Warm spring worsened Europe’s extreme 2018 summer drought, study says
Europe’s extreme 2018 summer drought was worsened by an unusually warm and sunny spring in the same year, a new study finds.
Sunny weather in the months preceding the heatwave caused plant growth to accelerate across the continent, which, in turn, led to the fast drying out of soil, the research says.
The dry soil, in combination with record-breaking summer heat, created the conditions for 2018’s extreme drought – which caused millions of pounds of crop damage and fanned wildfires from Greece to the UK.
The findings come as the UK emerges from its sunniest spring on record. This year’s unprecedented sunshine could heighten the risk of another extreme drought in summer, depending on weather conditions in the coming months, the lead author tells Carbon Brief.
The northern hemisphere’s 2018 summer heatwave dominated frontpages . The extreme heat lasted for months and temperature records were broken simultaneously across North America, Europe and Asia.
At the same time, Europe was plunged into a continent-wide drought , which caused severe crop damage and fanned the flames of wildfires.
A study covered by Carbon Brief found that the summer heat seen across the northern hemisphere in 2018 would have not been possible in a world without human-caused climate change.
The new study, published in Science Advances , is the first to investigate how weather in the months leading up to the heatwave could have contributed to Europe’s extreme drought.
It finds unusually sunny and warm weather in the spring had a lasting “legacy effect” on the land, which then amplified drought conditions in the summer, says Dr Ana Bastos , a group leader at the Max Planck Institute for Biogeochemistry in Germany and lead author of the study. She tells Carbon Brief:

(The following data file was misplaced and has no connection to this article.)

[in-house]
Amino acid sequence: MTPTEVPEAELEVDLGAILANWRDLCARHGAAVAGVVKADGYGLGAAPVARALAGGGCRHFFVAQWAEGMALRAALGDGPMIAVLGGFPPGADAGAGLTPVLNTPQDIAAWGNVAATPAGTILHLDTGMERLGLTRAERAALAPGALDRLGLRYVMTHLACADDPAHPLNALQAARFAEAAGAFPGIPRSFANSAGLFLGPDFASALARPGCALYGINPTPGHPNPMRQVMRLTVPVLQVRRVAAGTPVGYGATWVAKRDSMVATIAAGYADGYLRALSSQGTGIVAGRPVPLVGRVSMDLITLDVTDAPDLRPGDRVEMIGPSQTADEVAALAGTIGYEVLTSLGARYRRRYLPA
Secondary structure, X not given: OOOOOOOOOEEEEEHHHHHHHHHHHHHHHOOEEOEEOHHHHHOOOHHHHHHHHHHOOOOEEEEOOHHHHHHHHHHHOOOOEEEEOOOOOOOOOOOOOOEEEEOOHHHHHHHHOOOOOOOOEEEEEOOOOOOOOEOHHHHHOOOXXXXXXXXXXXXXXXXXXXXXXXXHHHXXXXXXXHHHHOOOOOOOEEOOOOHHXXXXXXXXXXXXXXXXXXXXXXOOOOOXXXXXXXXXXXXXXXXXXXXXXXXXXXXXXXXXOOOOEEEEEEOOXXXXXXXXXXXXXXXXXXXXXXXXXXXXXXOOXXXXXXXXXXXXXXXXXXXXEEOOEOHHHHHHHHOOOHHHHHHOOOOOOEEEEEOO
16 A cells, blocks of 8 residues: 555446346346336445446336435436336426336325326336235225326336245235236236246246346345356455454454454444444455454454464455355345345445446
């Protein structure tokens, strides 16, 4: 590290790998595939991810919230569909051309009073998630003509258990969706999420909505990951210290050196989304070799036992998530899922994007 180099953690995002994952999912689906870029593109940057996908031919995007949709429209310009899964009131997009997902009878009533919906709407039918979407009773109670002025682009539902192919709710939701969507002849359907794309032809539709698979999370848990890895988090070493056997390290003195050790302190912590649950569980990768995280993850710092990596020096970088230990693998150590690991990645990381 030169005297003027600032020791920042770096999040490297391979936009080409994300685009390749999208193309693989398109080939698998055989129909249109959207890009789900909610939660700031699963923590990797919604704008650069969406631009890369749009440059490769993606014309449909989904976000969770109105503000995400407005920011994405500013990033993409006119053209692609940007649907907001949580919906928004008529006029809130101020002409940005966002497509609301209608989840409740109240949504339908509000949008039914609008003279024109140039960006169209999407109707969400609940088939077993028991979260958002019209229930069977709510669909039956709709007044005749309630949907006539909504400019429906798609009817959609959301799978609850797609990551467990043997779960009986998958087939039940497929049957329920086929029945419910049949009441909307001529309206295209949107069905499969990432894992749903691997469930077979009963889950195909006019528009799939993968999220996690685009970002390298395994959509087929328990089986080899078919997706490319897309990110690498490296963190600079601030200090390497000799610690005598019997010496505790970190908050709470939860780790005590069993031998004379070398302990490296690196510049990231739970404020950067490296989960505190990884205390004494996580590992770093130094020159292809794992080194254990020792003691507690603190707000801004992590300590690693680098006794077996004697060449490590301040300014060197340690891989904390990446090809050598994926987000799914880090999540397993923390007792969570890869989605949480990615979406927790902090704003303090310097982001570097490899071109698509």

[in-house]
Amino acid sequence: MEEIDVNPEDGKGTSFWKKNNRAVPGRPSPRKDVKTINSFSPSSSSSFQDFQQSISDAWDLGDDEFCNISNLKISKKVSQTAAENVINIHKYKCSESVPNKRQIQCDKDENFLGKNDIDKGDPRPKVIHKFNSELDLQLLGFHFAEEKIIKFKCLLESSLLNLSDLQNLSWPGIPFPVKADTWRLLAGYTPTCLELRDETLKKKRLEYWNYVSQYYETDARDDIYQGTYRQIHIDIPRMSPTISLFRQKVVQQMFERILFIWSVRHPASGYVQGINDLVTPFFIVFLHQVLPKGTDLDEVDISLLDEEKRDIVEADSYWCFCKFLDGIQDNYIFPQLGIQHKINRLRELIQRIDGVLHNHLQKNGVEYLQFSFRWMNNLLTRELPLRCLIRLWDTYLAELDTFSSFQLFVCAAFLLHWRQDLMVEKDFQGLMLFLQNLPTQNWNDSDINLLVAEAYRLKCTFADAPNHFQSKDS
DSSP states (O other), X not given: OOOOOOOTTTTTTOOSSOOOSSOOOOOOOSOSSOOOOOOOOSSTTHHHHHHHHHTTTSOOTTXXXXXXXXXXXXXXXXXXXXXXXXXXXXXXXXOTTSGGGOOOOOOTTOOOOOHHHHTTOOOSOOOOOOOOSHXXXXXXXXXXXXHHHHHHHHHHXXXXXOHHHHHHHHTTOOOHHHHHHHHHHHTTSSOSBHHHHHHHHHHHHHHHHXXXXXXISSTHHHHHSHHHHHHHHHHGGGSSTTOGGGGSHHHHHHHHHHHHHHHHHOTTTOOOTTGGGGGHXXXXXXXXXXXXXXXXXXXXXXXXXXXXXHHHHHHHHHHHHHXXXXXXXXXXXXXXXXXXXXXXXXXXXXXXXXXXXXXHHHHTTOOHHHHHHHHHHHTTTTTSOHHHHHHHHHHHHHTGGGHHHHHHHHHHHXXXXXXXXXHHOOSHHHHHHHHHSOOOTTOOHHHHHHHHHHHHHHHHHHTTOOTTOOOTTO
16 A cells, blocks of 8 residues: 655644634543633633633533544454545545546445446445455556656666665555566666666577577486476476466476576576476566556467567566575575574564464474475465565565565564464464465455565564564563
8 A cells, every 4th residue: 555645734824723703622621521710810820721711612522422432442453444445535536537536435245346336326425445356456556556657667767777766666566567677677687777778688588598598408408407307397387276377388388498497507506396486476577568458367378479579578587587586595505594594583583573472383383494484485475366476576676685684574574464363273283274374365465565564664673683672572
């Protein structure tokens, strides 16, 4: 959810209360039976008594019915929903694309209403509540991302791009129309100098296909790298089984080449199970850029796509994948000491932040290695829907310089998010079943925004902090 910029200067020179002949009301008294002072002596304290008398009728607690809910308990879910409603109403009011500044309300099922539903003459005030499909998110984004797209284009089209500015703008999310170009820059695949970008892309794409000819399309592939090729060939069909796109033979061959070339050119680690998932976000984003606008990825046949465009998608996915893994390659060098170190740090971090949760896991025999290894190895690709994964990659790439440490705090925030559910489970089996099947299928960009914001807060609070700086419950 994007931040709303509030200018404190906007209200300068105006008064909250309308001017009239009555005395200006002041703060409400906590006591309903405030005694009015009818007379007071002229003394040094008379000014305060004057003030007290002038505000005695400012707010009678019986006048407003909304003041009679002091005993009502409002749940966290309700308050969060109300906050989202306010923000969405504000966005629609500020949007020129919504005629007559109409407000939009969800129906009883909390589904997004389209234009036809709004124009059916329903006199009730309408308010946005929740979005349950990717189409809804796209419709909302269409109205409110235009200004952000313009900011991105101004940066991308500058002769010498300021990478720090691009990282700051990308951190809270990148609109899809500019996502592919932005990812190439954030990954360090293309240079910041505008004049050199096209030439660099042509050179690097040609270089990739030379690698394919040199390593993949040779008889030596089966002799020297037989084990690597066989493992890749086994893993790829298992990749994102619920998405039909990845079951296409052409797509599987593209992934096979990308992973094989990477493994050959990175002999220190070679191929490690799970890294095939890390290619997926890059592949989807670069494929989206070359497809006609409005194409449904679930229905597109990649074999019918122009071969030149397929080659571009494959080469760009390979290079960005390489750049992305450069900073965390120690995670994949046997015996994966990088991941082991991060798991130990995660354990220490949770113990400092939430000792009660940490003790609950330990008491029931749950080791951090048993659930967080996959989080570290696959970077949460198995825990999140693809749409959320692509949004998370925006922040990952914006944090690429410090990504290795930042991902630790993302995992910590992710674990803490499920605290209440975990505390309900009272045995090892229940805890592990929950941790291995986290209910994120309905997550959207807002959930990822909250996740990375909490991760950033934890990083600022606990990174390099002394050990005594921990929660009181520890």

“Spring conditions led to an enhancement of photosynthesis early on in the growing season, but at the cost of strong soil-water depletion. In the crop-dominated areas in central Europe, increased growth in spring made ecosystems more vulnerable to drought in summer.”
For the study, the authors reexamined the weather conditions in Europe in both the spring and summer of 2018. They also looked into weather conditions during two previous European summer heatwaves in 2003 and 2010 .
The maps below show mean temperature (top), rainfall (middle) and solar radiation (bottom) across Europe during the spring months of 2003 (left), 2010 (middle) and 2018 (right). On the maps, red signifies above average temperatures or rainfall deficits, while yellow shows above average solar radiation (sunny weather).
Mean temperature (top), rainfall (middle) and solar radiation (bottom) across Europe during the spring months of 2003 (left), 2010 (middle) and 2018 (right). Red signifies above average temperatures or rainfall deficits, while yellow...